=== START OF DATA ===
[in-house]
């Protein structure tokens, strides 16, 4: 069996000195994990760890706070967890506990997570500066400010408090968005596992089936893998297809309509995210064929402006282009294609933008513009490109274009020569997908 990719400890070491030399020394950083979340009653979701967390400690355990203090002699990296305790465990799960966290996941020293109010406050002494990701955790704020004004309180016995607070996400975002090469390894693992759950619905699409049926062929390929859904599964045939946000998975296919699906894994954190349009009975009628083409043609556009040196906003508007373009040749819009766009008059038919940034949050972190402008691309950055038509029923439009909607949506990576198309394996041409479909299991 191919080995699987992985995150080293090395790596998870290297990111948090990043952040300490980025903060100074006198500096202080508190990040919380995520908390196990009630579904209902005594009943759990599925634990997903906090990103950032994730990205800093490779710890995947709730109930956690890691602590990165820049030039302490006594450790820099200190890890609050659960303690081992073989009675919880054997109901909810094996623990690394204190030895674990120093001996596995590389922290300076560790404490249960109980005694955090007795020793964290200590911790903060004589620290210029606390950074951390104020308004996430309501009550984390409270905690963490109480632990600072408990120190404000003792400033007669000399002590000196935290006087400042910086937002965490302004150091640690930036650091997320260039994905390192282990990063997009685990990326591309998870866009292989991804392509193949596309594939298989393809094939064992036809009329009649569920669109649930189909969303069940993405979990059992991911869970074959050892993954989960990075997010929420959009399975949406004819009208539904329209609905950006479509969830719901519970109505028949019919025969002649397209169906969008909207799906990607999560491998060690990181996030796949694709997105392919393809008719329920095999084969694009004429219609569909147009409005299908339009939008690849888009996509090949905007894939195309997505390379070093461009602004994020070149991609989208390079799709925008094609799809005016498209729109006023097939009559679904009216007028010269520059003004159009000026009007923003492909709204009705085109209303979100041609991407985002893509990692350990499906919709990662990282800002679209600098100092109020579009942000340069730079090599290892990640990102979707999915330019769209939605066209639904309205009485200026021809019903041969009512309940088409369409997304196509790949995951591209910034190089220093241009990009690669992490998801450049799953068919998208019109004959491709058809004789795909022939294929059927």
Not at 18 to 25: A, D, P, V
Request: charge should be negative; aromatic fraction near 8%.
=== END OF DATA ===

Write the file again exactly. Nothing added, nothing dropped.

[in-house]
């Protein structure tokens, strides 16, 4: 069996000195994990760890706070967890506990997570500066400010408090968005596992089936893998297809309509995210064929402006282009294609933008513009490109274009020569997908 990719400890070491030399020394950083979340009653979701967390400690355990203090002699990296305790465990799960966290996941020293109010406050002494990701955790704020004004309180016995607070996400975002090469390894693992759950619905699409049926062929390929859904599964045939946000998975296919699906894994954190349009009975009628083409043609556009040196906003508007373009040749819009766009008059038919940034949050972190402008691309950055038509029923439009909607949506990576198309394996041409479909299991 191919080995699987992985995150080293090395790596998870290297990111948090990043952040300490980025903060100074006198500096202080508190990040919380995520908390196990009630579904209902005594009943759990599925634990997903906090990103950032994730990205800093490779710890995947709730109930956690890691602590990165820049030039302490006594450790820099200190890890609050659960303690081992073989009675919880054997109901909810094996623990690394204190030895674990120093001996596995590389922290300076560790404490249960109980005694955090007795020793964290200590911790903060004589620290210029606390950074951390104020308004996430309501009550984390409270905690963490109480632990600072408990120190404000003792400033007669000399002590000196935290006087400042910086937002965490302004150091640690930036650091997320260039994905390192282990990063997009685990990326591309998870866009292989991804392509193949596309594939298989393809094939064992036809009329009649569920669109649930189909969303069940993405979990059992991911869970074959050892993954989960990075997010929420959009399975949406004819009208539904329209609905950006479509969830719901519970109505028949019919025969002649397209169906969008909207799906990607999560491998060690990181996030796949694709997105392919393809008719329920095999084969694009004429219609569909147009409005299908339009939008690849888009996509090949905007894939195309997505390379070093461009602004994020070149991609989208390079799709925008094609799809005016498209729109006023097939009559679904009216007028010269520059003004159009000026009007923003492909709204009705085109209303979100041609991407985002893509990692350990499906919709990662990282800002679209600098100092109020579009942000340069730079090599290892990640990102979707999915330019769209939605066209639904309205009485200026021809019903041969009512309940088409369409997304196509790949995951591209910034190089220093241009990009690669992490998801450049799953068919998208019109004959491709058809004789795909022939294929059927």
Not at 18 to 25: A, D, P, V
Request: charge should be negative; aromatic fraction near 8%.